‘Bird’ strips the album down to its bones – the rise and fall of the vocals resemble a nursery rhyme, deceptively gentle, while the lyrics follow the torture of being drawn to people who remind us of the worst traits of our parents. The percussion also takes on a more prominent role in this track, which is not characteristic of the rest of the album but gratefully received, nonetheless.
‘Anything You Want’ showcases McLamb’s strengths in melody, as well as her greatest weakness – letting herself be loved without feeling as though she’s ‘earned’ it. In a Substack article explaining the meaning of the song, McLamb writes about opening up to her her not-then-boyfriend: ‘I was used to talking with no audience…now that I had a listener, I wasn’t sure that being heard was comfortable for me.’ If ‘Mythologize Me’ and ‘Punch Drunk’ are about flattening yourself for crumbs of validation, ‘Anything You Want’ is about the mortification of being known. Knowing the story behind it changes its colour completely, and offers us a moment of catharsis in an album with some very dark corners.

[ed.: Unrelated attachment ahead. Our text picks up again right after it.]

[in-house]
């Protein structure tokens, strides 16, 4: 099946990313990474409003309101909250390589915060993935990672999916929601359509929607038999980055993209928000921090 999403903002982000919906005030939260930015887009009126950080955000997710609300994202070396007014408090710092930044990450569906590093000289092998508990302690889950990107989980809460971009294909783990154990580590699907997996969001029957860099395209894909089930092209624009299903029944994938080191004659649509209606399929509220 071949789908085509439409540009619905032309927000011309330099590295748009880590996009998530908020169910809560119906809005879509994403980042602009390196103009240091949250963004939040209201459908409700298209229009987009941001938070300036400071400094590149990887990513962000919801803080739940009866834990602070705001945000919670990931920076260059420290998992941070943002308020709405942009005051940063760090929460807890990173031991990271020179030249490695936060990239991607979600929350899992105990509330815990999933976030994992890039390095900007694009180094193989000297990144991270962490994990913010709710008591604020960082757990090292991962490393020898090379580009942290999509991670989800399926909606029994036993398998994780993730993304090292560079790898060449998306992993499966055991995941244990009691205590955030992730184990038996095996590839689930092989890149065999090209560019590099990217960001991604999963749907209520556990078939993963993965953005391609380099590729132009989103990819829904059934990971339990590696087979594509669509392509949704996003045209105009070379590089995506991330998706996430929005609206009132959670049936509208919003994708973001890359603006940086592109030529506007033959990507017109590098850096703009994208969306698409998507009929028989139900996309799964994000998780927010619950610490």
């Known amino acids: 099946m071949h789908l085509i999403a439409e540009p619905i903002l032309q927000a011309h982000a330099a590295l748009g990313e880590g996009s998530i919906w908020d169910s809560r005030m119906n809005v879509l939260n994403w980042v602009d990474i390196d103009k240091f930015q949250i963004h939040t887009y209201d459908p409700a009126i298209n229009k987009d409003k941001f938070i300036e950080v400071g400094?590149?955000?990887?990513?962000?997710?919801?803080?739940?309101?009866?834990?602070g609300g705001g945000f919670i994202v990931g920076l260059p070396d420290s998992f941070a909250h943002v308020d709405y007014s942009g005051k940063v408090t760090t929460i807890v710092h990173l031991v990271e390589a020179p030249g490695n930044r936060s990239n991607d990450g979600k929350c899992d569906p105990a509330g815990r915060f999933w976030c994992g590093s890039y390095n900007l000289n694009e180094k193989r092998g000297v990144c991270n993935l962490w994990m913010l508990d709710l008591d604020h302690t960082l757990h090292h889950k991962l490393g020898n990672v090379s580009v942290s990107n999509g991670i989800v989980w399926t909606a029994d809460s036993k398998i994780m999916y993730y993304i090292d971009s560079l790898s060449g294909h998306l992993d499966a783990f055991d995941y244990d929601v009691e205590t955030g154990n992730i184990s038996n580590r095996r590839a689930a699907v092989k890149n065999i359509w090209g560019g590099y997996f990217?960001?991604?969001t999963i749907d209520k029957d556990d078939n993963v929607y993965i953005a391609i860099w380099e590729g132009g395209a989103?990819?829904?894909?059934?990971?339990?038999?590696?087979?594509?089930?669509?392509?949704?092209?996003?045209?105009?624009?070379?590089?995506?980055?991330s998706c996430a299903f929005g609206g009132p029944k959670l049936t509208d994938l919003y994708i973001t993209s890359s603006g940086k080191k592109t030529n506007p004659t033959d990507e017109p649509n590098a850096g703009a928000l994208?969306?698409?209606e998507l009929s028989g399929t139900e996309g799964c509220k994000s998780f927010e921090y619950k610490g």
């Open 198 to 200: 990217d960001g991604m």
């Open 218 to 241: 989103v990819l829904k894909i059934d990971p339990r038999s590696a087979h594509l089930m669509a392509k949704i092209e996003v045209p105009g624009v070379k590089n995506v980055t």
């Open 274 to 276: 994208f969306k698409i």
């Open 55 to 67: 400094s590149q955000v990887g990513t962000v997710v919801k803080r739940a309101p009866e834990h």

‘Modern Woman,’ the most recent single, grapples with the micro-identities forged out of recent social media trends – the girlboss, the sad girl, and other silicone molds impressed upon us as we navigate Instagram and Tiktok. ‘They love me when I’m miserable / Because I’m super marketable,’ McLamb half-jokes, bringing to mind countless ‘sad girl starter packs.’ Eliza McLamb is not a type of girl; she is every girl all at once. The chorus is intentionally vague, because this type of girl doesn’t have a catchy name – she is ‘anything that’s real.’
In short, Going Through It is a cutting, part-funny and part-desperately sad insight into Eliza McLamb’s life – being thrust into adulthood too soon, clinging onto what is left of being a little girl in the early 2000s, minimising oneself for men to gain affection without intimacy. It is idiosyncratic at some points, ubiquitous at others. But it is always beautiful.